Fire Prevention Week - October 7-13 - is a time to reflect on the bravery of our local firefighters who risk, and sometimes sacrifice, their lives to save others. It is also a time to make sure you and your family have an emergency plan and know the steps to take if confronted by a fire or other emergency.
Before joining the FEMA team, I was the Director of the state of Illinois Emergency Management Agency and the Executive Director for the city of Chicago’s Office of Emergency Management. I have seen first-hand the devastating effects of fires. That is why FEMA Region V has joined with the city of Chicago Fire Commissioner, Jose Santiago, to provide some important information you need to know about fires.
Today, there are drought conditions in many parts of the United States. Chicago was also experiencing a similar situation during a very dry summer in 1871. The ground, wooden buildings and vegetation was extremely parched and left the city in a vulnerable state. On October 8, 1871, a fire broke out in the barn area of Patrick and Catherine O’Leary’s home on the west side of the Chicago River. The exact cause of the fire remains undetermined, but regardless of the cause, the fire continued to blaze for two-days devastating our great city. Exhausted firefighters were assisted on October 10, when much needed rain helped to extinguish the fire.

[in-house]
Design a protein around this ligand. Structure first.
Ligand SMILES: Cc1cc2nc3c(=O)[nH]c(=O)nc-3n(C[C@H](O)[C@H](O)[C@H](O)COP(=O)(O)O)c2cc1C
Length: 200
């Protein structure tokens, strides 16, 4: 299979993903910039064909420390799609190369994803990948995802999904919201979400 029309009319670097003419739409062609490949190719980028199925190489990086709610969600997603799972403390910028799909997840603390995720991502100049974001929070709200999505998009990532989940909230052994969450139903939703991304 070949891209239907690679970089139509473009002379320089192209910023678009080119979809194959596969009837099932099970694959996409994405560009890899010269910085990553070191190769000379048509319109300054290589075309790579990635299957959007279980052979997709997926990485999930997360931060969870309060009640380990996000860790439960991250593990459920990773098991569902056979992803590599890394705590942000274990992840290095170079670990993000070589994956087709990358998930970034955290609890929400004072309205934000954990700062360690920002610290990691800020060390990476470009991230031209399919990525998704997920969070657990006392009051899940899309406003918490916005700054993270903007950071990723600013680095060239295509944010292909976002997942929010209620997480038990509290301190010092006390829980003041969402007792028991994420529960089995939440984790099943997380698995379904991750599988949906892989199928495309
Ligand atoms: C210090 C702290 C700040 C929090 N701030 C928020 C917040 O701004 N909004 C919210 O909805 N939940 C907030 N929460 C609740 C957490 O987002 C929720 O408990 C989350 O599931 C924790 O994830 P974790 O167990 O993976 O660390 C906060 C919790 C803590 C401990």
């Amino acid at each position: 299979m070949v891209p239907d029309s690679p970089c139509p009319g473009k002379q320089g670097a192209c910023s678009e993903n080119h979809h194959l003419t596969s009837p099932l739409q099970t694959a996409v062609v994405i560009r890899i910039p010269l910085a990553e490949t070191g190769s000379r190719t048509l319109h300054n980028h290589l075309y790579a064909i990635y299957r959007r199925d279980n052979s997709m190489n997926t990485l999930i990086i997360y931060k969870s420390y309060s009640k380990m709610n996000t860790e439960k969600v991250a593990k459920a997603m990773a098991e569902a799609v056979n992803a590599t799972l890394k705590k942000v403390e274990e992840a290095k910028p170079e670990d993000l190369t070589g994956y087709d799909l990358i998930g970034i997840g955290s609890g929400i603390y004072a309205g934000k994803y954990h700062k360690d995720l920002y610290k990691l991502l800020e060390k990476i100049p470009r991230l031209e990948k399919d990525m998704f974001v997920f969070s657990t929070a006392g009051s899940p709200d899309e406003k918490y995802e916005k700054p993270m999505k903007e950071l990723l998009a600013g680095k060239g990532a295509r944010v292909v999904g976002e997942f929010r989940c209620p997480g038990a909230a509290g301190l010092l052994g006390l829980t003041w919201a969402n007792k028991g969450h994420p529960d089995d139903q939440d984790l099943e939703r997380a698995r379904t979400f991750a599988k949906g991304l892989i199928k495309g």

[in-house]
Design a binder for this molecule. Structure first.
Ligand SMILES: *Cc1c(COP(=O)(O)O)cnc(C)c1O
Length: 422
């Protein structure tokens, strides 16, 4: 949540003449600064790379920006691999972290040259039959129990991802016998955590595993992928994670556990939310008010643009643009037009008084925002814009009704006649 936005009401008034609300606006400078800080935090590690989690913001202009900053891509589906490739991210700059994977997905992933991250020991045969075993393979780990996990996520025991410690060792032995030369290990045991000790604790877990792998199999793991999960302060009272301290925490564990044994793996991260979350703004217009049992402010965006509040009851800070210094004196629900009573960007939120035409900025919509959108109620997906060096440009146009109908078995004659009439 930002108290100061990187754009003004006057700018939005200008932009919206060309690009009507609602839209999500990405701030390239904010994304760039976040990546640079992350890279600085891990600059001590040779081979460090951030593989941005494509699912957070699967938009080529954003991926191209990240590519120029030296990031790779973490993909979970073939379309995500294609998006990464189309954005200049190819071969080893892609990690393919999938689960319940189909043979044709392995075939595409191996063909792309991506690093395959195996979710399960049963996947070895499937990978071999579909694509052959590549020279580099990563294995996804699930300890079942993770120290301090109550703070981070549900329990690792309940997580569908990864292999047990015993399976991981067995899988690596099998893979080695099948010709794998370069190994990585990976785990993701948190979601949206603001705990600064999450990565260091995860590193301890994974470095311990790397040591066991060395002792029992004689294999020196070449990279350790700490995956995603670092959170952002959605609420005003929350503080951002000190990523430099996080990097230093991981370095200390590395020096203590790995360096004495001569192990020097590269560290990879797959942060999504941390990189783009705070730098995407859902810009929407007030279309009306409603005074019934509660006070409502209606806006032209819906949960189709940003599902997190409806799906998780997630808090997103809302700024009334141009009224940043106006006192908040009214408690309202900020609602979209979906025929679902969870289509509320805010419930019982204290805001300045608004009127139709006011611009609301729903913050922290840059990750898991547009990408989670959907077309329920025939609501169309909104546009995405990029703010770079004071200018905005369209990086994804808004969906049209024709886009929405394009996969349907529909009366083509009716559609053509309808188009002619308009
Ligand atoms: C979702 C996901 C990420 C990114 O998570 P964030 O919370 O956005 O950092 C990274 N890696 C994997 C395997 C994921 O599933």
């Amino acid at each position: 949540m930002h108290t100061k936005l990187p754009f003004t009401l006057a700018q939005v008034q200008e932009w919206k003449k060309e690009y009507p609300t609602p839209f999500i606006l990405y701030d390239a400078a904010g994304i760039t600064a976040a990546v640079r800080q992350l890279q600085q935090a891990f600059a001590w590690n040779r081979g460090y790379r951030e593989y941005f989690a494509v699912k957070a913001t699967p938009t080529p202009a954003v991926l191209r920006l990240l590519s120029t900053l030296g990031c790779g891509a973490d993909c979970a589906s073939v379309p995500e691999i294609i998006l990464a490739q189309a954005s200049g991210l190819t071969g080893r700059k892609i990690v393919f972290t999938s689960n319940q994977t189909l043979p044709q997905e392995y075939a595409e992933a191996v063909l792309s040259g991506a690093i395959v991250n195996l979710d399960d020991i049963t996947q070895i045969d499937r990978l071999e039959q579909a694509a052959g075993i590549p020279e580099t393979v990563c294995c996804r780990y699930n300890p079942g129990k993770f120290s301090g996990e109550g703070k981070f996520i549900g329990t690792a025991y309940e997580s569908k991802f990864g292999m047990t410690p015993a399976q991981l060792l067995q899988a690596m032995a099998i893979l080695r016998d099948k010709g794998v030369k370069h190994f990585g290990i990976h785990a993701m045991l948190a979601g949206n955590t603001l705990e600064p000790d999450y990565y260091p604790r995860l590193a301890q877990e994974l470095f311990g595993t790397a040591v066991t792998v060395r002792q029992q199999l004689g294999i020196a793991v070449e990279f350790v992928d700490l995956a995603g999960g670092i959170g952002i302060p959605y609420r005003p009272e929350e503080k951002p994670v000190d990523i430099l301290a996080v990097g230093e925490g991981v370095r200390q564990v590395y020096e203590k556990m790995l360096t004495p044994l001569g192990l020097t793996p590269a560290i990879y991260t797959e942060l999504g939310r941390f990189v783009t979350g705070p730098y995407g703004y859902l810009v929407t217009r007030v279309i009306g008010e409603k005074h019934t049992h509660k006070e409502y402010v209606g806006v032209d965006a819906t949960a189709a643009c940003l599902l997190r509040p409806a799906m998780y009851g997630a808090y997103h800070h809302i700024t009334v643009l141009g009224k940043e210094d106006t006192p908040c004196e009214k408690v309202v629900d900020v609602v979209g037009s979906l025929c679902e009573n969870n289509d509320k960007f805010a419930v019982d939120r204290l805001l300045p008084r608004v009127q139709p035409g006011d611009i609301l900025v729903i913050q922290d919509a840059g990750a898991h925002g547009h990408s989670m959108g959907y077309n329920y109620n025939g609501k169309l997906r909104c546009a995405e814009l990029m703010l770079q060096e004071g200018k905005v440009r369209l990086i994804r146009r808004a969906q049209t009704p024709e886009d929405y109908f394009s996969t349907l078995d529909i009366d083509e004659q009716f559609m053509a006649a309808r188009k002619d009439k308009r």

While the story of the Great Chicago Fire is one of the major events in our city’s history, fires are devastating events to individuals, families and businesses. Today, most people have very busy lives, but sitting down with your family for 20 minutes to talk about your fire escape plan, like U.S. Fire Administrator Ernie Mitchell said last week, can have a dramatic impact on your family safely exiting your home during a fire. As you discuss fire safety with your family, remember the different needs you may have. For example, do you have pets? Are there people with disabilities in your home or business? What is the best route for evacuation? Fires can rage out of control and become deadly in seconds. So planning now can save lives. And remember to practice your plan at least twice a year.
Take a moment to visit www.usfa.fema.gov to learn more about how you can prevent fires and keep your family safe.